The workers who carried out that critical operation could not praise Yoshida highly enough. “I remember thinking, ‘I can face death as long as Mr. Yoshida is with us,’” one of them said: “If anyone else had been in charge at the time, I doubt we would have been able to contain the disaster,” said another. Civilian employees are unlikely to risk their lives unless the orders come from a leader they love and respect. As the workers returned from their mission, Yoshida praised them one by one, grasping each by the hand and saying, “You made it! Thank you so much!”

The staff’s devotion deepened when they saw Yoshida standing up to top TEPCO executives during teleconferences—and particularly when former TEPCO executive Takekuro Ichirō, TEPCO’s liaison in the Prime Minister’s Office, ordered Yoshida to stop flooding the reactor with seawater. “The Prime Minister’s Office is on my case the whole time!” he said. “Stop injecting seawater right now.” But Yoshida knew that this was their last hope to cool the reactor and avert a much worse disaster. “What are you talking about?!” he retorted angrily. “We can’t stop.”

Having defied Takekuro, Yoshida was expecting a similar order from TEPCO headquarters at any moment. He found the foreman who was supervising the cooling operations and took him aside.

“Listen,” he told him. “We may get orders from the head office to stop injecting seawater into the reactor. During the teleconference, I’ll tell you to stop. But you don’t need to follow the orders. Keep pumping water. Got it?”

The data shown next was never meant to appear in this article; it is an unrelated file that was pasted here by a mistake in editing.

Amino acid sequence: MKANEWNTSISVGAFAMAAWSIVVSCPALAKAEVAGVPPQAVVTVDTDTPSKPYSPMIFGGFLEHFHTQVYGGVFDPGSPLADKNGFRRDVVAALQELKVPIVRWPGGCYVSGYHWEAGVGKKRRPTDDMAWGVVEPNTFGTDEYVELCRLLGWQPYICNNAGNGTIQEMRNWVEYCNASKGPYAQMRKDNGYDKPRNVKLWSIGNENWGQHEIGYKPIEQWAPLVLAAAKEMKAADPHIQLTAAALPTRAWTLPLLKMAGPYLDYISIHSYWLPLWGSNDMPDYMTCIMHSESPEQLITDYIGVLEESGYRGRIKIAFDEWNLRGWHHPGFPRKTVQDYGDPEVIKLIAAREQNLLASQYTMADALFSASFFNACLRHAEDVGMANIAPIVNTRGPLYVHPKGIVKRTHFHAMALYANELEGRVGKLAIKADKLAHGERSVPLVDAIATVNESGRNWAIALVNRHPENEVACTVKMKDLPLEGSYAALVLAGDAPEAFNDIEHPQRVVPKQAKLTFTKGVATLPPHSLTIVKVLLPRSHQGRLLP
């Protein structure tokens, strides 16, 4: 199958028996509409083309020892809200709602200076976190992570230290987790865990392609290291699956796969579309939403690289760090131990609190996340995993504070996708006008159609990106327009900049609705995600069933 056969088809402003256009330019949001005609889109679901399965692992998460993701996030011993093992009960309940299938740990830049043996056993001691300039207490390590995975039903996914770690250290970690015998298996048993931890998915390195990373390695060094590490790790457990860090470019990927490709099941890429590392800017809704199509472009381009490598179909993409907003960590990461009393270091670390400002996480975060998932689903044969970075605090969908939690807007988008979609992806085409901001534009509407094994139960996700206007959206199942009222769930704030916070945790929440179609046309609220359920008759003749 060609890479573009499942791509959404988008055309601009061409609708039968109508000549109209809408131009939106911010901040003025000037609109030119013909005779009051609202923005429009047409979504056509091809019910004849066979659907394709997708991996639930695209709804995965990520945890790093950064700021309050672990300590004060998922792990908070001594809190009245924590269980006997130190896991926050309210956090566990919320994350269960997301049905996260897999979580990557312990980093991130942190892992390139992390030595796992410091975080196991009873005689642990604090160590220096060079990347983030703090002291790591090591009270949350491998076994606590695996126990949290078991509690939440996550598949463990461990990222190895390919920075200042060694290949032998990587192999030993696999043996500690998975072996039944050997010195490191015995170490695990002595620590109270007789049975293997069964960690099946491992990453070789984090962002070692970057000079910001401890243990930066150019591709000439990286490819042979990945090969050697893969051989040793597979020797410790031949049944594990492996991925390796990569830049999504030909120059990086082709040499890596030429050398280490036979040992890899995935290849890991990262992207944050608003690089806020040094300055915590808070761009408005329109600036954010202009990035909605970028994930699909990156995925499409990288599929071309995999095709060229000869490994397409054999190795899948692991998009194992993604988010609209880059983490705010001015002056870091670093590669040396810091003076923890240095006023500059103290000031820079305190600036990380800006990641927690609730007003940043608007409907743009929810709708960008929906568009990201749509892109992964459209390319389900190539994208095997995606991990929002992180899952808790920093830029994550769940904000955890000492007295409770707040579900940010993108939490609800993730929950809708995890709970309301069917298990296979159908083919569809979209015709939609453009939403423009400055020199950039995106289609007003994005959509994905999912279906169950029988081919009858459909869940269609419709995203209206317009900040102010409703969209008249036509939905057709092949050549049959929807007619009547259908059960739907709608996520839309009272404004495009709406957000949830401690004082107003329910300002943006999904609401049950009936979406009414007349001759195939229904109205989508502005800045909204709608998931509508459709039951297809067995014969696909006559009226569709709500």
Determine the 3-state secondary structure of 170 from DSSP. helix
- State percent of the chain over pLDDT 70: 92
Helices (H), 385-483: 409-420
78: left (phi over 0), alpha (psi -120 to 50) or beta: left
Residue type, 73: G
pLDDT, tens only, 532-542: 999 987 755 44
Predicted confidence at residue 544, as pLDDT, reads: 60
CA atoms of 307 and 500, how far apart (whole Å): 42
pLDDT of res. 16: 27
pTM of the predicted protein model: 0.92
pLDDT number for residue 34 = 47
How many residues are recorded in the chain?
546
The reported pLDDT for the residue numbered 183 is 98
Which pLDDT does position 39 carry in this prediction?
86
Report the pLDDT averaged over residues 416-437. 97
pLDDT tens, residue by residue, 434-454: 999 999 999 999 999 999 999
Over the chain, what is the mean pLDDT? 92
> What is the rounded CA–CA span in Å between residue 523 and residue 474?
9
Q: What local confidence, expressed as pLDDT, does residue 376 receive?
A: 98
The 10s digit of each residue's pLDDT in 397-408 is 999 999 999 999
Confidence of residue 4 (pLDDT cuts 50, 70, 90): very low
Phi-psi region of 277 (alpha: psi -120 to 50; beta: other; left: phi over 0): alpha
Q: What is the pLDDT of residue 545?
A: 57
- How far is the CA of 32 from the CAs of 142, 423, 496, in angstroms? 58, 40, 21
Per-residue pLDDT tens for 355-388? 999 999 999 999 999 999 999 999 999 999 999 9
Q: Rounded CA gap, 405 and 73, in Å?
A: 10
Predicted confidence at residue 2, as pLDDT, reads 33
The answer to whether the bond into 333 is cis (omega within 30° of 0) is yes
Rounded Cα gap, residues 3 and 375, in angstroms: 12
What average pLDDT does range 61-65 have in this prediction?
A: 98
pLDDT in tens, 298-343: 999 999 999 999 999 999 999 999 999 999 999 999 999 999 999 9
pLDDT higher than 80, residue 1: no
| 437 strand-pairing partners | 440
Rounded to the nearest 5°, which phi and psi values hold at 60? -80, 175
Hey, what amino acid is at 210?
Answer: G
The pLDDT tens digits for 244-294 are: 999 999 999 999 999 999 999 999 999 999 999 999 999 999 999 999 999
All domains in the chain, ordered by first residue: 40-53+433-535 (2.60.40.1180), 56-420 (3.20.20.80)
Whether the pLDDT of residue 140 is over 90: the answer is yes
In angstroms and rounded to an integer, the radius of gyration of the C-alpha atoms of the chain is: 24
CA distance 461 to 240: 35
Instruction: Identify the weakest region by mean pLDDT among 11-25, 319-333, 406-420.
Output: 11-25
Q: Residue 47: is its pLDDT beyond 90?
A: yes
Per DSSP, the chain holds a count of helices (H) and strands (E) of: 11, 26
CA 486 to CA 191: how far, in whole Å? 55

Sure enough, TEPCO headguarters called soon after with an order to stop flooding the reactor with seawater. But thanks to Yoshida’s quick thinking, the vital cooling operations continued. Of all the nuclear energy experts at TEPCO, Yoshida alone remembered the real duty of a nuclear power engineer.

Heroism of the Fukushima 69

Early in the morning on March 15, Yoshida sat exhausted in the emergency command center on the second floor of a seismically isolated building. The nuclear accident at Fukushima Daiichi was at its most critical phase, with pressure rising inside the Reactor No. 2 containment vessel. Yoshida rose unsteadily from his chair, then collapsed back down again. For some time he sat there, head bowed, lost in thought.

“At that point,” he told me, “there was only one way to keep the meltdown under control, and that was to continue pumping in seawater. I had to decide who would stay at the plant and keep the seawater flowing. It was like deciding who would die with me. The faces of my team appeared before me one after another. . . . The first who came to mind was the supervisor of the plant’s safety and recovery team. We’re the same age, although he joined TEPCO straight out of high school. We’ve been through a lot together over the years. I knew right away that he would be prepared to risk his life to do what was necessary.”

“I couldn’t bear the idea that these people I had known for years might die on my orders. But I knew that our only hope was to keep injecting water. I had no choice. I had to ask them to prepare for the worst. I couldn’t get the thoughts out of my head as I sat there.”

It was a critical decision. In the end, 69 men stayed behind to fight the climactic battle, although the Western media later dubbed them the “Fukushima 50.” All of them were determined to do whatever it took to contain the disaster. By refusing to accept defeat and persevering in the face of great personal risk, Yoshida and his team prevented a catastrophe that might have destroyed Fukushima and rendered a third of Japan uninhabitable.

Tsunami Preparations Cut Short

I was shocked when the antinuclear media began bashing Yoshida after his death. They claimed he had dragged his feet on measures that would have protected the plant better against tsunami damage. The truth is just the opposite.